When a specific security control is violated, or an attempt to violate it is made, a log event is generated. There’s always some chance that the activity is malicious in nature. How big is this chance? Well, it’s different for every single log message and log source. This makes the aggregation and timeline of logs more important than any single log event when it comes to inferring or understanding malicious activity.

This is why we use rules. Rules help us interpret and contextualize logs, and thus slightly improve their utility for detection purposes.

The problem is: how many failed logins does it take before you know you have a hijacked account instead of a forgetful user? How different is the number of failed logins it would take to raise our suspicion on a Monday morning from what it’d take on a Wednesday afternoon? Sometimes we do see security avoidance behaviors in logs (for instance, clearing them), but user mistakes can and do explain these things most often, and it’s hard to know when to dig in.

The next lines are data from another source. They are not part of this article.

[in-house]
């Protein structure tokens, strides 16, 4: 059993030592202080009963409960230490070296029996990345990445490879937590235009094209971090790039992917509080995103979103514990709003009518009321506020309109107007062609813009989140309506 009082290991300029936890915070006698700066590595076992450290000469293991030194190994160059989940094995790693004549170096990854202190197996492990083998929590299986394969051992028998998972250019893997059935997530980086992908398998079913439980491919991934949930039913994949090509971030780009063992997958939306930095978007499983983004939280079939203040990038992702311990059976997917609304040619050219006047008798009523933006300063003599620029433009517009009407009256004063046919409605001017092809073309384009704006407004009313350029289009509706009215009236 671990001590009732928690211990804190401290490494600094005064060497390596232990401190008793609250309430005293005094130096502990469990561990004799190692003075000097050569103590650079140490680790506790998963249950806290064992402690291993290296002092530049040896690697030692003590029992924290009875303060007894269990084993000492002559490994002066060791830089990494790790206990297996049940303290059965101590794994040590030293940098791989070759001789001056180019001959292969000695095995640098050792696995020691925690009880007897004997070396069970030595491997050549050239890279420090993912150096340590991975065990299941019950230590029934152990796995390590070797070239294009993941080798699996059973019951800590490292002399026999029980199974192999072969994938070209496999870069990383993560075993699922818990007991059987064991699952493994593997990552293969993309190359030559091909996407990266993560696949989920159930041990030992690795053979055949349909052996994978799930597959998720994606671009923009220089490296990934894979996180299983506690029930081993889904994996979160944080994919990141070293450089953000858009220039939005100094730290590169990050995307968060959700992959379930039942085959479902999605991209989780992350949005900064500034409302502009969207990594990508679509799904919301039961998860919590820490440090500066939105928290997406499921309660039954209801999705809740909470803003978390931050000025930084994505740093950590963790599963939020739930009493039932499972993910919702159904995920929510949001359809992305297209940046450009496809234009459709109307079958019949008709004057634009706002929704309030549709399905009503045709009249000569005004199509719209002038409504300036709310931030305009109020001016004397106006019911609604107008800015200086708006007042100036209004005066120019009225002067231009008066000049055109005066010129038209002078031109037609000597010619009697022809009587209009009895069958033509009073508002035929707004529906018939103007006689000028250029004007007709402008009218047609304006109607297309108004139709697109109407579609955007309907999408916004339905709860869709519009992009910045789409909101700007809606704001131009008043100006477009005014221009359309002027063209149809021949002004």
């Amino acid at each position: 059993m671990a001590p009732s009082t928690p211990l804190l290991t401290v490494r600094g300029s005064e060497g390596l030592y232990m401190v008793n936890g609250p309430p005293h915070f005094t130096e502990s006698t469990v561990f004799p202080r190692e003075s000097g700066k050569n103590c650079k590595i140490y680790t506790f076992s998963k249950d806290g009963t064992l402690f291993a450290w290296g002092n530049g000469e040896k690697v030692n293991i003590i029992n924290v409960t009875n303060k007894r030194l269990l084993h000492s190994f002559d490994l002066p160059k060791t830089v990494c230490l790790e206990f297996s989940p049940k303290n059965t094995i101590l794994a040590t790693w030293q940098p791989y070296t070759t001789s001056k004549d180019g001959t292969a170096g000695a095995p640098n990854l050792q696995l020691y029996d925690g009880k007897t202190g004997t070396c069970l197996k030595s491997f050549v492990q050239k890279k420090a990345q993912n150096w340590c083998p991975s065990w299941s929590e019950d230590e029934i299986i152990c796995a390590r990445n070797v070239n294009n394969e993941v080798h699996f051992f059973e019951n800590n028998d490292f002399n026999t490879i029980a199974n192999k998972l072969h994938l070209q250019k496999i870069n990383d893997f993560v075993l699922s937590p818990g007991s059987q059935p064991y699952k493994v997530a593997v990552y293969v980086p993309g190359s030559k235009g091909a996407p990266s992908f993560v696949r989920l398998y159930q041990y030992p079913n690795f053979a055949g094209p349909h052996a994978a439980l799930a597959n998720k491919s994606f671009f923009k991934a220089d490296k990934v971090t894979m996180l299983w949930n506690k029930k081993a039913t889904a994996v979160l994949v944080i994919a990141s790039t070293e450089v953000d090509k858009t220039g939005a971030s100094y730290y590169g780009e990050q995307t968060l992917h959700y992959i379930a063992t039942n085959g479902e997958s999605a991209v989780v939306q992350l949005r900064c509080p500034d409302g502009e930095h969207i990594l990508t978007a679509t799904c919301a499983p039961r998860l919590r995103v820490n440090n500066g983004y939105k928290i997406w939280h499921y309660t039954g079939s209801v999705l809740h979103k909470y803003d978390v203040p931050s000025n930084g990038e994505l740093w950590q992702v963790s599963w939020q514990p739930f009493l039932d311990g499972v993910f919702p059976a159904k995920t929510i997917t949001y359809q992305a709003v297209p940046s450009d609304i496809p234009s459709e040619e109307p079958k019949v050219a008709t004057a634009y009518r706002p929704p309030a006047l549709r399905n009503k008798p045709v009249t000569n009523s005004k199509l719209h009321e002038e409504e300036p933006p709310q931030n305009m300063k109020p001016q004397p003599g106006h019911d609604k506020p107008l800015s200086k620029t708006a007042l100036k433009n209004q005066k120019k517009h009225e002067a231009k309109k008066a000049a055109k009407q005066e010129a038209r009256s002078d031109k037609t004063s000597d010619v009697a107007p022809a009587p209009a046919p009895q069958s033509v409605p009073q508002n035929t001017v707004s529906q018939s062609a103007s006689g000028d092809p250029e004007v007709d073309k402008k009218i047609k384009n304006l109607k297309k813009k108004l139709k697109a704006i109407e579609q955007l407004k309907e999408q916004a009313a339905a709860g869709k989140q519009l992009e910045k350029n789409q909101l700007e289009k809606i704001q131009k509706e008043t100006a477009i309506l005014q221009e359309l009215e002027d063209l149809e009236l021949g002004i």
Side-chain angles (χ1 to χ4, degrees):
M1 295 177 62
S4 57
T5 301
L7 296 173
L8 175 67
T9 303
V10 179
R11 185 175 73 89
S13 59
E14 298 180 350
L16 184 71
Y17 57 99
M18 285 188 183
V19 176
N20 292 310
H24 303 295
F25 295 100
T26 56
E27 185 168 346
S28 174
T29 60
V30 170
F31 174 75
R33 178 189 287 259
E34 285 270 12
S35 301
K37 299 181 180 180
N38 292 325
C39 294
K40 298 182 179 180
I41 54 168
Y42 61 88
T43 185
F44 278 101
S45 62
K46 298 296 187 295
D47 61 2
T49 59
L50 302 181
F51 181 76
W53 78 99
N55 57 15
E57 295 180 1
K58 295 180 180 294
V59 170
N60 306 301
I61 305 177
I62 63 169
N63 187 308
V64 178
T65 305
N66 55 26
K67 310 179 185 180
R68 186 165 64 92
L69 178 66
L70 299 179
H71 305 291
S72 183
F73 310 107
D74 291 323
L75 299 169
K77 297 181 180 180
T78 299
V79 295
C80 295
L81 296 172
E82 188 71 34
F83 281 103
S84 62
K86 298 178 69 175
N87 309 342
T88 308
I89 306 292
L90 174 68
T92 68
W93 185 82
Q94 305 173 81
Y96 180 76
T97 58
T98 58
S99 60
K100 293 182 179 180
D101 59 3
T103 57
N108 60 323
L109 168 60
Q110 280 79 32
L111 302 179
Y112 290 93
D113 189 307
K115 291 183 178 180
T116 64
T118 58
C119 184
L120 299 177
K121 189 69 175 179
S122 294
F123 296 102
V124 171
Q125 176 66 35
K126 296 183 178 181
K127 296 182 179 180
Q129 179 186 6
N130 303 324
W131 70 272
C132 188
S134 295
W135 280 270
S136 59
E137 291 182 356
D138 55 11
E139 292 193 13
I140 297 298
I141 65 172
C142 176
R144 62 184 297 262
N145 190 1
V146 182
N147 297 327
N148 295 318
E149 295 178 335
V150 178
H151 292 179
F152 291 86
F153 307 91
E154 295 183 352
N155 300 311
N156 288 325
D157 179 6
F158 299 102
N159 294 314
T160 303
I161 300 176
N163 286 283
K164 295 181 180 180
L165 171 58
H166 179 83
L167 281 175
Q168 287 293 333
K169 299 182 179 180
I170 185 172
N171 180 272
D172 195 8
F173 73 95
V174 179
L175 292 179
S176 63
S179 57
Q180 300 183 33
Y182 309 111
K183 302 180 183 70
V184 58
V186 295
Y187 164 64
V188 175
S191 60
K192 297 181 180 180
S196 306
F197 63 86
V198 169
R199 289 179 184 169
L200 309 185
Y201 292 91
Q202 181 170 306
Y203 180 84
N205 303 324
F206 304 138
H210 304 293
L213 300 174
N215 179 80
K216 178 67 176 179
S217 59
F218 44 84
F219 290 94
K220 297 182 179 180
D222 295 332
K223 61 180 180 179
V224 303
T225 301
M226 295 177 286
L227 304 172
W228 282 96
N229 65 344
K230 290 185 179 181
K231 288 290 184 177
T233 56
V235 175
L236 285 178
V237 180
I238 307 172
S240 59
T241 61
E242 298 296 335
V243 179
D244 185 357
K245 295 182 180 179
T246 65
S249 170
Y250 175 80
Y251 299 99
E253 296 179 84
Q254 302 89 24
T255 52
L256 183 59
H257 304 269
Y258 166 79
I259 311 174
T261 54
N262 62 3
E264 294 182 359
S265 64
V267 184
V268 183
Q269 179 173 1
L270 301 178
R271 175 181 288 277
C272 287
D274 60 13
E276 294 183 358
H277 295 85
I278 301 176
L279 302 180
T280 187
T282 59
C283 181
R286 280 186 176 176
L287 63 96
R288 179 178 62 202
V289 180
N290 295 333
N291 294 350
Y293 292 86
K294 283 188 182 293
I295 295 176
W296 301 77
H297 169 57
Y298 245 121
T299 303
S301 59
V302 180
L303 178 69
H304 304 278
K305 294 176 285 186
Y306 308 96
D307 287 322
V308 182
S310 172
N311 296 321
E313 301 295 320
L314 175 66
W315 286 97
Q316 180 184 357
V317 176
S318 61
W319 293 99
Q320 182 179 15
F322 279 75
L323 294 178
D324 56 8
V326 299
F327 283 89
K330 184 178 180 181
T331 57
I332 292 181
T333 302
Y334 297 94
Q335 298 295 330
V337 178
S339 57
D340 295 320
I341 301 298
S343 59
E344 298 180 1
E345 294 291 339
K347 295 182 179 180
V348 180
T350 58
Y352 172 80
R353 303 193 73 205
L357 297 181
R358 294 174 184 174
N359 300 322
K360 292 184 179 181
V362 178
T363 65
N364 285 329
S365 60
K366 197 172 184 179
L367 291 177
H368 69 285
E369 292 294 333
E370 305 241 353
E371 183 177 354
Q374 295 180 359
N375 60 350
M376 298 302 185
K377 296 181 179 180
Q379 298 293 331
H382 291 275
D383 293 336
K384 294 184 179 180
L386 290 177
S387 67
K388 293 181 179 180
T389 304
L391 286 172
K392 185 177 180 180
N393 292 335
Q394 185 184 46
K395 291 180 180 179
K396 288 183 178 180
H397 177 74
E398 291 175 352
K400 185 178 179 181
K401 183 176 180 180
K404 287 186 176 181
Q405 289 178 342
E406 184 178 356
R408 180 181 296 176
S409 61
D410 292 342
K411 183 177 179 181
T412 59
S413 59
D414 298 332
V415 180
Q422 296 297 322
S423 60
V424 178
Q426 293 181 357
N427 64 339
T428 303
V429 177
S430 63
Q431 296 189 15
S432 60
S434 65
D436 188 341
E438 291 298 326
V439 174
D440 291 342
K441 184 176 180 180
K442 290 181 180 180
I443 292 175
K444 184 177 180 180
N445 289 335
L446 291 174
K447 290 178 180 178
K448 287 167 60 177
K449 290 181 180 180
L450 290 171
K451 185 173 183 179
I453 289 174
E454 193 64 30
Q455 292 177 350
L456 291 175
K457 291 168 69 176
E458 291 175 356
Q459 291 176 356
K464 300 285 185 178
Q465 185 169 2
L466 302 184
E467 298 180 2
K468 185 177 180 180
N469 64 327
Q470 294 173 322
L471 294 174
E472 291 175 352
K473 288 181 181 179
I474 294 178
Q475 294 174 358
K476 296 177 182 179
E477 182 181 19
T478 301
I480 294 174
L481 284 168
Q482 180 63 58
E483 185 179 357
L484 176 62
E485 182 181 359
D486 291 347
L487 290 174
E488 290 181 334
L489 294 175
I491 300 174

Meta-Data

Network flow data show the connection details and the amount of data transferred between hosts on your network (and out to the Internet). They’re like the network equivalent of monitoring who’s calling whose cell phone within a criminal syndicate. Network graph analysis and visualization are useful approaches to understanding NetFlow data.

Indicators (of malicious or suspicious activity)